NHRA CREW CHIEFS ADJUSTED TO COLD IN PHOENIX

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NHRA CREW CHIEFS ADJUSTED TO COLD IN PHOENIX


 

Everyone who attended the Lucas Oil Winternationals and/or this weekend’s Magic Dry Arizona Nationals understands the effects of the cold and rain on the crowds. But Rob Wendland and John Collins – crew chiefs for Top Fuel’s Terry McMillen and Funny Car’s Tommy Johnson Jr., respectively – offered some insight about how teams have to react to these more extreme conditions.

“There’s so much stuff that’s done in the pit first – not tune up wise, but just making sure the car’s prepared for cold weather. That is all the internals and all the rear end. Everything’s really cold,” Wendland said.

Parts and pieces receive special treatment.

“We try big heaters and stuff like that. We try warming it up. I have what they call a Salamander outside,” he said while in his hauler office, going over data Friday. He said he was trying to heat the car’s “guts” to somewhere in the neighborhood of 70-75 degrees. “That’s kind of my minimum to start up [a dragster], because what happens is the clearances all change on everything. The fuel pump gets tighter, so it gets bigger. The clearances between the crankshaft and the engine block, it tightens up,” he said.

“I think about getting 70-90-weight fluid in the rear end, and if it’s 40 degrees comparatively to 80 degrees, it’s heavier. It really is, and so it’s harder to turn.”

For Wendland, “it’s just common sense,” he said. “You know, batteries [in a passenger car] when they get colder, they lose cranking amps. But everything, the oil, everything else is so thick from being that cold, it’s harder to spin. So then you get in it, you let it warm up, and everything, and you go and take a little drive and the minute you back up, you feel like maybe the brakes are on a little bit. So all the rear end fluid and everything else is so cold that it’s having to work against that. You notice also that the ride is different. It’s like it’s bumpier. The shocks, everything acts different.”

Then, when the team takes the car to the staging lanes, it has to make sure not to lose the progress made back in the pit.

“It’s like you warm it up here in the pit, and then we try to cover it up: blankets and all that kind of stuff to retain the heat,” Wendland said. “Another thing it does is it actually changes the mixture of nitro and alcohol. It changes quite a bit. It really falls off. Sometimes that’s a little hard to read. I honestly believe that a 45-degree fuel temperature is going to make more power than 90-degree fuel temperature. You know, you’ve changed the intake temperature of the engine. And so it actually probably makes a little more power. But also, just density-wise, it measures differently. It gets kind of inaccurate with the gauges that we have a little bit. It’s not as accurate, I believe.”

Johnson personally, physically, had a tough time with the brisk conditions. The cold track and the nasty tire shake hurt his back.

Collins, his crew chief, said, “When it shook, it was so violent that it broke the x-frame, the x-member, the lower rear tree, and the tabs on the bellhousing – and Tommy. It broke him.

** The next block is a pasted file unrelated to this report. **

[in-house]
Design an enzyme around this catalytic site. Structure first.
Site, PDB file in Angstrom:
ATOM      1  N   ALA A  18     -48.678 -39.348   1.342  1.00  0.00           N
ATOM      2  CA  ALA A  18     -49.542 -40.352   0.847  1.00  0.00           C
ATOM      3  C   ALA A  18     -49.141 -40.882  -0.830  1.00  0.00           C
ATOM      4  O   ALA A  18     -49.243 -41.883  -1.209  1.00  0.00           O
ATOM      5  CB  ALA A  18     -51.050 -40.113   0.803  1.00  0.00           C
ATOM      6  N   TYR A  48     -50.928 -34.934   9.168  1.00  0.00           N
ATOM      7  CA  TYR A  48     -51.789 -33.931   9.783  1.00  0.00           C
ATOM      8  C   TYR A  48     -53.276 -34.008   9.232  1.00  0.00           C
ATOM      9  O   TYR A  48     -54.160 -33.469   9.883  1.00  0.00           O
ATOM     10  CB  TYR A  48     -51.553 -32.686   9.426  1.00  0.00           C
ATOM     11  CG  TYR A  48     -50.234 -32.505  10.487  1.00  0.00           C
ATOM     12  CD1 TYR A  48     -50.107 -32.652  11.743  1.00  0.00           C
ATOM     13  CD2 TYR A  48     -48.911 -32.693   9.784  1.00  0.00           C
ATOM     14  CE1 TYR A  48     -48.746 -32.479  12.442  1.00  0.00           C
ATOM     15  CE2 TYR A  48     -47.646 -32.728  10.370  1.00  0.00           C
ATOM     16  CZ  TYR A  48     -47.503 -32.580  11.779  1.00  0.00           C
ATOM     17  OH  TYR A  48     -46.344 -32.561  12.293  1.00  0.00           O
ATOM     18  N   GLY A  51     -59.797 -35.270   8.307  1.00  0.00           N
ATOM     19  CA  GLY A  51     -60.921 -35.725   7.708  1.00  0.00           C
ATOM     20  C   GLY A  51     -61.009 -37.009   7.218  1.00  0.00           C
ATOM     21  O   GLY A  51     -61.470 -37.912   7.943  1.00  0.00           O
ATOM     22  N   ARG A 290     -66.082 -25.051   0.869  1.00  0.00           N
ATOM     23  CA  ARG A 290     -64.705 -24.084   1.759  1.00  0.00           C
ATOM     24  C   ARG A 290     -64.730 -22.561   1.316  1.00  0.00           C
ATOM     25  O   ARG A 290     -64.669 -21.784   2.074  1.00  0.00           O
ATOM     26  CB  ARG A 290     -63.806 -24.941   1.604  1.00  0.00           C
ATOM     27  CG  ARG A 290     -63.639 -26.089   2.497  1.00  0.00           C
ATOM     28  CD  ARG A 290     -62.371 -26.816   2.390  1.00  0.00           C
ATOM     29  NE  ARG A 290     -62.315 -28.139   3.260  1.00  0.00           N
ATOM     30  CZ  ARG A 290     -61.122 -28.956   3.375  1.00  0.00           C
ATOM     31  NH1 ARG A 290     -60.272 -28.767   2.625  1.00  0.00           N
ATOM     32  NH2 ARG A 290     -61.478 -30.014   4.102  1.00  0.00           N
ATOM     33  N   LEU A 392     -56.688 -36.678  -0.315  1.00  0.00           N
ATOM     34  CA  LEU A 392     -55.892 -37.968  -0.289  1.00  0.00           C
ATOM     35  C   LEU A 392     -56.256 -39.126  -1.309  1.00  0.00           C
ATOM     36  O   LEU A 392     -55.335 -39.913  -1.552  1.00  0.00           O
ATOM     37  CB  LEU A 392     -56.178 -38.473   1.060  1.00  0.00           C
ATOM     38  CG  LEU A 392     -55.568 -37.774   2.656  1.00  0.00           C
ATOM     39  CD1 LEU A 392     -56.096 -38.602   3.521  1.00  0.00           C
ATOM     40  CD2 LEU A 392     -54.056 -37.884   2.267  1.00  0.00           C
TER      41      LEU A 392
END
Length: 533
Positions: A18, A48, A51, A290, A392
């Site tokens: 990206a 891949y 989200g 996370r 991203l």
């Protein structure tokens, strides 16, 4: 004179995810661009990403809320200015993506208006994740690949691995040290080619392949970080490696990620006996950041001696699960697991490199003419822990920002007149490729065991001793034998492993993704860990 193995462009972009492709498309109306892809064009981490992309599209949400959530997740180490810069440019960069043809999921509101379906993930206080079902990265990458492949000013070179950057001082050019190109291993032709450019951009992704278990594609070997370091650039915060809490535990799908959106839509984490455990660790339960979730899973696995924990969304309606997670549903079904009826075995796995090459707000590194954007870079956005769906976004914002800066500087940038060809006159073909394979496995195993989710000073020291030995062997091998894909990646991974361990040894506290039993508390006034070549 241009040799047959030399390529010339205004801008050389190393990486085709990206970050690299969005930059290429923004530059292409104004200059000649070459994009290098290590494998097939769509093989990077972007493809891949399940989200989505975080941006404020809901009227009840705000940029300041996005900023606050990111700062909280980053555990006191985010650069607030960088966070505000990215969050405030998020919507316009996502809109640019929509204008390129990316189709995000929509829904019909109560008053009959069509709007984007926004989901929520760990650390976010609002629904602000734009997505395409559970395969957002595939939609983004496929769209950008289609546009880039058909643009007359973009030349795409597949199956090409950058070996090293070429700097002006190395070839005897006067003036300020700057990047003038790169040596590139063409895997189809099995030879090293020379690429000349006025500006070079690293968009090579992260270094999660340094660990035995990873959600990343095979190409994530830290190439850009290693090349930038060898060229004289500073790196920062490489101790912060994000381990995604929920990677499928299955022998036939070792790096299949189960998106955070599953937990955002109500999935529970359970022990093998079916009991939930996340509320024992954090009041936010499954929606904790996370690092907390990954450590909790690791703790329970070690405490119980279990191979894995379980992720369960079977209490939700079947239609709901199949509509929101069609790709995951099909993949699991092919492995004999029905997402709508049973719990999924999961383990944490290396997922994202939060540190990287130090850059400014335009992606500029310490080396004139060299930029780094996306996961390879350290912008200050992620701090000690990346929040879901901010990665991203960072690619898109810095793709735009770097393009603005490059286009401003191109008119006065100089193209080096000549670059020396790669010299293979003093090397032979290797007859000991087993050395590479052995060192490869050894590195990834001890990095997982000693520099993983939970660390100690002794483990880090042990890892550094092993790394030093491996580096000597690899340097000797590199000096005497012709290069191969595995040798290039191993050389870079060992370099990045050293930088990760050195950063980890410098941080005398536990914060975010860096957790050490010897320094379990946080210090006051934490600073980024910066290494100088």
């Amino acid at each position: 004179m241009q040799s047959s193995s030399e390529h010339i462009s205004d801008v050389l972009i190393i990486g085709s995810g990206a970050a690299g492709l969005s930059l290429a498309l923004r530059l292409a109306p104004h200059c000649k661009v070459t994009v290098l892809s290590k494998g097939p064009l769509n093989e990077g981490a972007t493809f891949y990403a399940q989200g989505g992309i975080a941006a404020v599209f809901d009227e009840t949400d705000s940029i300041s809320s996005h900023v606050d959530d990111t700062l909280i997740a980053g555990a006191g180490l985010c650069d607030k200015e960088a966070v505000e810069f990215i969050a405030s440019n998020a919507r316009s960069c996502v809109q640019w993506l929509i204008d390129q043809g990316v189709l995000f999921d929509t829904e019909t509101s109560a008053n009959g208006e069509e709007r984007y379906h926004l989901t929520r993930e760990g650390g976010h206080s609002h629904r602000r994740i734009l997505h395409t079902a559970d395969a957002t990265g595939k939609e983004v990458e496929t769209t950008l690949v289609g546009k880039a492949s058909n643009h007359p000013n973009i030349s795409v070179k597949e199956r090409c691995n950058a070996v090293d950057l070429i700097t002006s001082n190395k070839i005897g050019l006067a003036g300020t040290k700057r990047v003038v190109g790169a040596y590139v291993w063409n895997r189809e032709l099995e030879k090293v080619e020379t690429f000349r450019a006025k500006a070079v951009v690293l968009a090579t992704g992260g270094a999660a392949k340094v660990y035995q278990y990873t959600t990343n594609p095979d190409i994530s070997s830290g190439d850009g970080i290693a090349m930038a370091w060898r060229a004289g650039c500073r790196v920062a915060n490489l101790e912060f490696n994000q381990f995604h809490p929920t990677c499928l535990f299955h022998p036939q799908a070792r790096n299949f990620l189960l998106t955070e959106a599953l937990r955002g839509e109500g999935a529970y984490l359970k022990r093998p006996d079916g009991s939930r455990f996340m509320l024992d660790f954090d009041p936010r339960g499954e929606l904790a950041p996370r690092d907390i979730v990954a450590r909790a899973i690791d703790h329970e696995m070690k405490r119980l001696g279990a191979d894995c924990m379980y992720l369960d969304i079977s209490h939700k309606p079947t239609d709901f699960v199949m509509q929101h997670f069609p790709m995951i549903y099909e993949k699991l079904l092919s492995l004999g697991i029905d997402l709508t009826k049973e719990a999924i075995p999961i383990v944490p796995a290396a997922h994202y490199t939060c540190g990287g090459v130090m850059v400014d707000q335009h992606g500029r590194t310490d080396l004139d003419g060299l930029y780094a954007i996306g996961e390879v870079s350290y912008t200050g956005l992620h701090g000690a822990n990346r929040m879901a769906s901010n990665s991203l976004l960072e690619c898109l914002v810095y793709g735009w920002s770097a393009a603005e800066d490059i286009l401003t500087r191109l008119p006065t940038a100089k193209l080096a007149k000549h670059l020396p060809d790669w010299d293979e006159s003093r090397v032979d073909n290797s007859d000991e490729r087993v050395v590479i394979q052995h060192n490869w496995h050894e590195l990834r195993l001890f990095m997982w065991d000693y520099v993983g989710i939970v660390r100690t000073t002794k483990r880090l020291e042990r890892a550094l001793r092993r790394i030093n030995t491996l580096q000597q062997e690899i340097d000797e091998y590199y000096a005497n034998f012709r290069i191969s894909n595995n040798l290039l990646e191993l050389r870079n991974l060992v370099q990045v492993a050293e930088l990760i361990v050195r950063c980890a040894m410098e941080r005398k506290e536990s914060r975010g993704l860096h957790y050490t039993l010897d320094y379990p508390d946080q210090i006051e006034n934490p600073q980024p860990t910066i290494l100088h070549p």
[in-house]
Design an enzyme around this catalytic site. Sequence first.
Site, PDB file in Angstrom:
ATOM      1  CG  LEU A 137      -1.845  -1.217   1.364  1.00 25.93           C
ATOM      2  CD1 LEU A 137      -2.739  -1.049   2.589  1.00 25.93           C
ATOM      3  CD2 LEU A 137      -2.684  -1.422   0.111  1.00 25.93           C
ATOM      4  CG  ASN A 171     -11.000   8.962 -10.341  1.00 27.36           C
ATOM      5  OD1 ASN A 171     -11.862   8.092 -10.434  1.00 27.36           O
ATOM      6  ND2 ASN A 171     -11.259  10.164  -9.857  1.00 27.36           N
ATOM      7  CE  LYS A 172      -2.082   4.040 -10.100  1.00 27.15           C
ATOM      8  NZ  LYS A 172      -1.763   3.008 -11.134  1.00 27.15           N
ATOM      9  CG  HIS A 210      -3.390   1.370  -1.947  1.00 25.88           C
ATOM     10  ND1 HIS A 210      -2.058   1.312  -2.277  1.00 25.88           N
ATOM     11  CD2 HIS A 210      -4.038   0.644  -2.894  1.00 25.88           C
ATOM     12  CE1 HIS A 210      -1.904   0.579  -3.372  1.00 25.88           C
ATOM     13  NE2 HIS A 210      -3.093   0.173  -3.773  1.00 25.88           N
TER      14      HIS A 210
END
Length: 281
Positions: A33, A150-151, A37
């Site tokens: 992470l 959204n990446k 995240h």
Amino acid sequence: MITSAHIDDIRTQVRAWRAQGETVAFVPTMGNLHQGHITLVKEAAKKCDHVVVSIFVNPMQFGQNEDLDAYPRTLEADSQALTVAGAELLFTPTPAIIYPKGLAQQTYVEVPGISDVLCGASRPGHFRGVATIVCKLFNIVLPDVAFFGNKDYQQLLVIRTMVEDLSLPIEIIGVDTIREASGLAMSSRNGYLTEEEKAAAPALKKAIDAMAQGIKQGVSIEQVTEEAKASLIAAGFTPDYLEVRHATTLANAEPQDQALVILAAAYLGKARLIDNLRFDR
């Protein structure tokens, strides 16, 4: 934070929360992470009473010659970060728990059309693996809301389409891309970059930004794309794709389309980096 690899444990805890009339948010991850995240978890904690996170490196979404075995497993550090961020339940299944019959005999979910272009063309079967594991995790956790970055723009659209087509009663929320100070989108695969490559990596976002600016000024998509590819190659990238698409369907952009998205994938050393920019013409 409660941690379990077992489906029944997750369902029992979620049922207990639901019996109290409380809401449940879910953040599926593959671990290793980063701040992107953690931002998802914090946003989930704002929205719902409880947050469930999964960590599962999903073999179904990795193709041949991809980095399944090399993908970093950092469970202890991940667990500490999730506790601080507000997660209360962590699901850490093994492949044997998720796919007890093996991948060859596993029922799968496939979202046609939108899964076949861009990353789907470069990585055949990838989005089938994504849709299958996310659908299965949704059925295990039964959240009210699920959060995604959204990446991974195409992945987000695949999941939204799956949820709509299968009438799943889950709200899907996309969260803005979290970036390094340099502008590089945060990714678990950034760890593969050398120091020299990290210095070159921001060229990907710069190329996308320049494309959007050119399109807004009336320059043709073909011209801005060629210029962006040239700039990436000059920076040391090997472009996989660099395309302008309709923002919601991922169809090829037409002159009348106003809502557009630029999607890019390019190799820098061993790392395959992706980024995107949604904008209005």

“It is what it is,” he said. “When it shakes, it’s pretty violent. We were pushing pretty hard.”

But “none of it” shocked Collins, he said. “The track was cold. It was tight. And it’s hard to get under power to get it done.”

One driver who said he didn’t have any problems with the cold weather here or at Pomona was Top Fuel’s Clay Millican. He didn’t fare any higher than sixth Friday, slid to seventh early Saturday, and ended up in the 11th starting position.

But he said, “We were all good. It was just rough for the fans. I hate it when it’s like this because it certainly keeps people from coming to the races – understandably. But the thing is when you have conditions like this, while, granted, you may not see the majority of the cars make it down the track under power, the chances are really good that when they do go, it’s going to be really fast. So it’s one of those deals where it’s nothing we can do about it, but the opportunity to go really fast is certainly there. When it’s cold out, these things make a lot more power. Not that they don’t make a lot already, but they make even more. The problem is the track is so cold it’s hard to get ahold of it.”

So sometimes the decision teeters on the line between whether it’s safe to run the cars or too cold.

“That’s why I say when it’s conditions like this, you’ll either see home runs or strikeouts,” Millican said. “It’s usually not much in between. And that’s kind of what we did at Pomona first round. We ended up being the only pair of Top Fuel cars that didn’t get down the track on Sunday.” Monday – race day – the track temperature was cold.

“We shook. We still made a good run,” he said. “I pedaled it and the car recovered, which was fun. But again, back to that hit-and-miss thing, in the opposite lane, Mike Salinas went 3.68 and 333 miles an hour. So that’s what you’ll get when the conditions are like this.”

Track and national records in all three pro classes remain intact so far this weekend.

Like Robert Hight after taking the No. 1 Funny Car position Saturday, Millican wondered what might happen when the weather pattern changes. Crew chiefs are getting used to the cold weather, but it surely will warm up at some point.

“Exactly. You know, you go to Gainesville, it’s subject to be hot. So at this point, I would be OK with that,” Millican said.

 

 

 

 





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